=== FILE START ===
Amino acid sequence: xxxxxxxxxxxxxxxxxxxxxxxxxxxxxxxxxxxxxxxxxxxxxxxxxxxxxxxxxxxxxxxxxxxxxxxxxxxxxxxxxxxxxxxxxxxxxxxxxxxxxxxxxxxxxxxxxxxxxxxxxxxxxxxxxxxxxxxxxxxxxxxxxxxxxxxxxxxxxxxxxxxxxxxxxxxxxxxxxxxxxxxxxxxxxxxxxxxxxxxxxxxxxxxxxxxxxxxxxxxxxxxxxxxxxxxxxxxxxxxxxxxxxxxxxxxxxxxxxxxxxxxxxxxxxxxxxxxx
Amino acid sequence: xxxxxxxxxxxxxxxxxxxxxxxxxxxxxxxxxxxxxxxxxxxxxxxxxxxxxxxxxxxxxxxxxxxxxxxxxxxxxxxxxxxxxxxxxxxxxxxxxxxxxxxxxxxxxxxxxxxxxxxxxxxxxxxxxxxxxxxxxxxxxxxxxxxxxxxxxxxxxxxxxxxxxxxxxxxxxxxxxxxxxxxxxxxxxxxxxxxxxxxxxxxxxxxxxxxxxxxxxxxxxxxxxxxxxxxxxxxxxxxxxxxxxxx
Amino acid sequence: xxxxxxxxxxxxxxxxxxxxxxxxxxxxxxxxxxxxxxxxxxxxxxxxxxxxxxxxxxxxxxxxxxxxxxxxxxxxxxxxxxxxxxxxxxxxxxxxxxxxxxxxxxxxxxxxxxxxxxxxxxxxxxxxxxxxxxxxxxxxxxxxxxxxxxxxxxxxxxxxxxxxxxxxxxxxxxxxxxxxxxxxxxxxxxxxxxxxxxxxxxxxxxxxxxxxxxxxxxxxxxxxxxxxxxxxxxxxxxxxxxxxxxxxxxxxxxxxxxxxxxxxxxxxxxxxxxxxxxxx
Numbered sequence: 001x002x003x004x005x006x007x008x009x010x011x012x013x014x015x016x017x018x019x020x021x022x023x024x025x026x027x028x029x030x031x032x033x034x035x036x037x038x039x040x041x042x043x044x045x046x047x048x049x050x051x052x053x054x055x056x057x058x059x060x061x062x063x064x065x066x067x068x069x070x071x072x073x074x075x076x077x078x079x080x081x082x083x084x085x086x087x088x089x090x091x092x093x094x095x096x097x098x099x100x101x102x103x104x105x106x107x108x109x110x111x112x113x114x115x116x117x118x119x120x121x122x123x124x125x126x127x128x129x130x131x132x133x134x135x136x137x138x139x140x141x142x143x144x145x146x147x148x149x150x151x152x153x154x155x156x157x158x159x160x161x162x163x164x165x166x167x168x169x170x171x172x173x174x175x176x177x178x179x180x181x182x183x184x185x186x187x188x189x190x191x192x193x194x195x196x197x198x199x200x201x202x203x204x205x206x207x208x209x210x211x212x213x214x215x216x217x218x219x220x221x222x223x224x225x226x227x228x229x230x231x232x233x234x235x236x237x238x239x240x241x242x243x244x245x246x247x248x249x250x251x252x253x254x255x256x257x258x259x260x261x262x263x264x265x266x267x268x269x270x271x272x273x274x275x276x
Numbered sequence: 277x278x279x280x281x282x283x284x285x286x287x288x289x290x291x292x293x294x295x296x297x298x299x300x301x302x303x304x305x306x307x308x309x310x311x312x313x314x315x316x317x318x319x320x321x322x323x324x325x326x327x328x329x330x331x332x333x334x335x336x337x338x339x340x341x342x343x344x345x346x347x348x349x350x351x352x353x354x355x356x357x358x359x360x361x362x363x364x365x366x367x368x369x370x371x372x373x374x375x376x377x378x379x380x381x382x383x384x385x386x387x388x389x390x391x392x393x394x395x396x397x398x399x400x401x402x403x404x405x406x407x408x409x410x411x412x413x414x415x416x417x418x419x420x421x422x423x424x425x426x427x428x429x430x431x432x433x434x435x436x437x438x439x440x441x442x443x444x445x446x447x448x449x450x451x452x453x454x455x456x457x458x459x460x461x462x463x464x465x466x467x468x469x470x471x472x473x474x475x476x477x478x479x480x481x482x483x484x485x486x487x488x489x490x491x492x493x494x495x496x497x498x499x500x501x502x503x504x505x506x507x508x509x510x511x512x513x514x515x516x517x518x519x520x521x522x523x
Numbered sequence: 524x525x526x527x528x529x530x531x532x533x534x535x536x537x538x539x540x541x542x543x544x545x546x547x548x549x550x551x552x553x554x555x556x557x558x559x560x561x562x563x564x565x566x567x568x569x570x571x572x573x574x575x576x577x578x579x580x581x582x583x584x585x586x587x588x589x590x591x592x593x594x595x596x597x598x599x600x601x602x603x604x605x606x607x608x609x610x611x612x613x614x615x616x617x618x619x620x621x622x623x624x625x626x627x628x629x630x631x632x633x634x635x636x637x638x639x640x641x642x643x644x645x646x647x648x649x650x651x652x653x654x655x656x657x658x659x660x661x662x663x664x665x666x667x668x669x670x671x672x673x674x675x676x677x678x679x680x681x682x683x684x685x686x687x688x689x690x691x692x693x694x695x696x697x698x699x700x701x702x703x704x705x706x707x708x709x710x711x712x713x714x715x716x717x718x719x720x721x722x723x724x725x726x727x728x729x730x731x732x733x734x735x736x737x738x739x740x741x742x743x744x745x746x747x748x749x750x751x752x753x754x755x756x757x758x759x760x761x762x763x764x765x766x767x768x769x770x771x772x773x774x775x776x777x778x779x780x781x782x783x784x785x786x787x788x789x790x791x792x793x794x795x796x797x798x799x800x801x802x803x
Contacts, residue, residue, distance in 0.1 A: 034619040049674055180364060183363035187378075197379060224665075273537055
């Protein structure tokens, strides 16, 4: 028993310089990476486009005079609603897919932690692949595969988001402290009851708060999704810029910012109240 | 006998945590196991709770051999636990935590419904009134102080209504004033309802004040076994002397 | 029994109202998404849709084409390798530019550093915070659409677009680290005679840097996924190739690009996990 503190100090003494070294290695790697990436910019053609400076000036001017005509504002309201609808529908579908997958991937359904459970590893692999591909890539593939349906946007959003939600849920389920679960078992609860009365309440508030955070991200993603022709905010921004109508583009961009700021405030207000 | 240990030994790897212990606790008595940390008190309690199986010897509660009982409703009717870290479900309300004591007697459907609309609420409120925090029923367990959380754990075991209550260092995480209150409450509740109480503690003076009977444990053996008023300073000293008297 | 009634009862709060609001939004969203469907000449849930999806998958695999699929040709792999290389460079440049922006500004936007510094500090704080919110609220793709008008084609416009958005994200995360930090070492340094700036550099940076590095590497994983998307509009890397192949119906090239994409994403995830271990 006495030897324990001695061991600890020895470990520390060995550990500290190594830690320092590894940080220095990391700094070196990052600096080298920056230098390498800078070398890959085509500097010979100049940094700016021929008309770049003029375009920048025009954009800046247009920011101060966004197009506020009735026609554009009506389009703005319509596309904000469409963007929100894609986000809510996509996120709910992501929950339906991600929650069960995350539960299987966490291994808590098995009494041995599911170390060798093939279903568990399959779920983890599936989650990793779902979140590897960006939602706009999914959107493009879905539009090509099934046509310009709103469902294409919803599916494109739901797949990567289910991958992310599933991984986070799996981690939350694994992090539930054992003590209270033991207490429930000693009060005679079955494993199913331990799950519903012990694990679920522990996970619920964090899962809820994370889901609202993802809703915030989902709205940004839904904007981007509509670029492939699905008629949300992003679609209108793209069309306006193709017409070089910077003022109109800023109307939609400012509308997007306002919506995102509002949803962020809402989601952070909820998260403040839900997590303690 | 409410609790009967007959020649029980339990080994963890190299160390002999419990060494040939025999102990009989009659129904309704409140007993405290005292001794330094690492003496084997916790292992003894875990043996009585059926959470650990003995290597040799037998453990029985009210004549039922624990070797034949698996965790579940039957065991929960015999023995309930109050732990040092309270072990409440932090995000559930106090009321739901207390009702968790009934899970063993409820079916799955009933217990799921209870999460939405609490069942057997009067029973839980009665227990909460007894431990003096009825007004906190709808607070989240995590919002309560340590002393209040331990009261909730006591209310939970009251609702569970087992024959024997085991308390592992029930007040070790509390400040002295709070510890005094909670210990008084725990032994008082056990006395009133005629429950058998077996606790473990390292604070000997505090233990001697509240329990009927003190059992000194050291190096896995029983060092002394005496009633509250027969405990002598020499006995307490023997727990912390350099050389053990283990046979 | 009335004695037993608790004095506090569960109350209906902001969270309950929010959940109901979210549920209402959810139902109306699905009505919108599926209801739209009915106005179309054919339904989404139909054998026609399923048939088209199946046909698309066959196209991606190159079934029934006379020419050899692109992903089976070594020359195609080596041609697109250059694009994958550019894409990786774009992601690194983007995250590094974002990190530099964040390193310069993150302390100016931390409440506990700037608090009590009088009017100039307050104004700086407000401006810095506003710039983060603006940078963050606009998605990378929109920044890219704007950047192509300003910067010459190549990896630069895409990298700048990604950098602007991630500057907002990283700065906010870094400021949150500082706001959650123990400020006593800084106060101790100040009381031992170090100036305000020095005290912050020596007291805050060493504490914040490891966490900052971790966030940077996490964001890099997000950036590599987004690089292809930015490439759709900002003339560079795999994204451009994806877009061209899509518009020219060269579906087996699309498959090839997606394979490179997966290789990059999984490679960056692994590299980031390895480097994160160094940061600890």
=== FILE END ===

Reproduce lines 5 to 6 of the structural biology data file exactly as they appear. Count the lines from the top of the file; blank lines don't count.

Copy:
Numbered sequence: 277x278x279x280x281x282x283x284x285x286x287x288x289x290x291x292x293x294x295x296x297x298x299x300x301x302x303x304x305x306x307x308x309x310x311x312x313x314x315x316x317x318x319x320x321x322x323x324x325x326x327x328x329x330x331x332x333x334x335x336x337x338x339x340x341x342x343x344x345x346x347x348x349x350x351x352x353x354x355x356x357x358x359x360x361x362x363x364x365x366x367x368x369x370x371x372x373x374x375x376x377x378x379x380x381x382x383x384x385x386x387x388x389x390x391x392x393x394x395x396x397x398x399x400x401x402x403x404x405x406x407x408x409x410x411x412x413x414x415x416x417x418x419x420x421x422x423x424x425x426x427x428x429x430x431x432x433x434x435x436x437x438x439x440x441x442x443x444x445x446x447x448x449x450x451x452x453x454x455x456x457x458x459x460x461x462x463x464x465x466x467x468x469x470x471x472x473x474x475x476x477x478x479x480x481x482x483x484x485x486x487x488x489x490x491x492x493x494x495x496x497x498x499x500x501x502x503x504x505x506x507x508x509x510x511x512x513x514x515x516x517x518x519x520x521x522x523x
Numbered sequence: 524x525x526x527x528x529x530x531x532x533x534x535x536x537x538x539x540x541x542x543x544x545x546x547x548x549x550x551x552x553x554x555x556x557x558x559x560x561x562x563x564x565x566x567x568x569x570x571x572x573x574x575x576x577x578x579x580x581x582x583x584x585x586x587x588x589x590x591x592x593x594x595x596x597x598x599x600x601x602x603x604x605x606x607x608x609x610x611x612x613x614x615x616x617x618x619x620x621x622x623x624x625x626x627x628x629x630x631x632x633x634x635x636x637x638x639x640x641x642x643x644x645x646x647x648x649x650x651x652x653x654x655x656x657x658x659x660x661x662x663x664x665x666x667x668x669x670x671x672x673x674x675x676x677x678x679x680x681x682x683x684x685x686x687x688x689x690x691x692x693x694x695x696x697x698x699x700x701x702x703x704x705x706x707x708x709x710x711x712x713x714x715x716x717x718x719x720x721x722x723x724x725x726x727x728x729x730x731x732x733x734x735x736x737x738x739x740x741x742x743x744x745x746x747x748x749x750x751x752x753x754x755x756x757x758x759x760x761x762x763x764x765x766x767x768x769x770x771x772x773x774x775x776x777x778x779x780x781x782x783x784x785x786x787x788x789x790x791x792x793x794x795x796x797x798x799x800x801x802x803x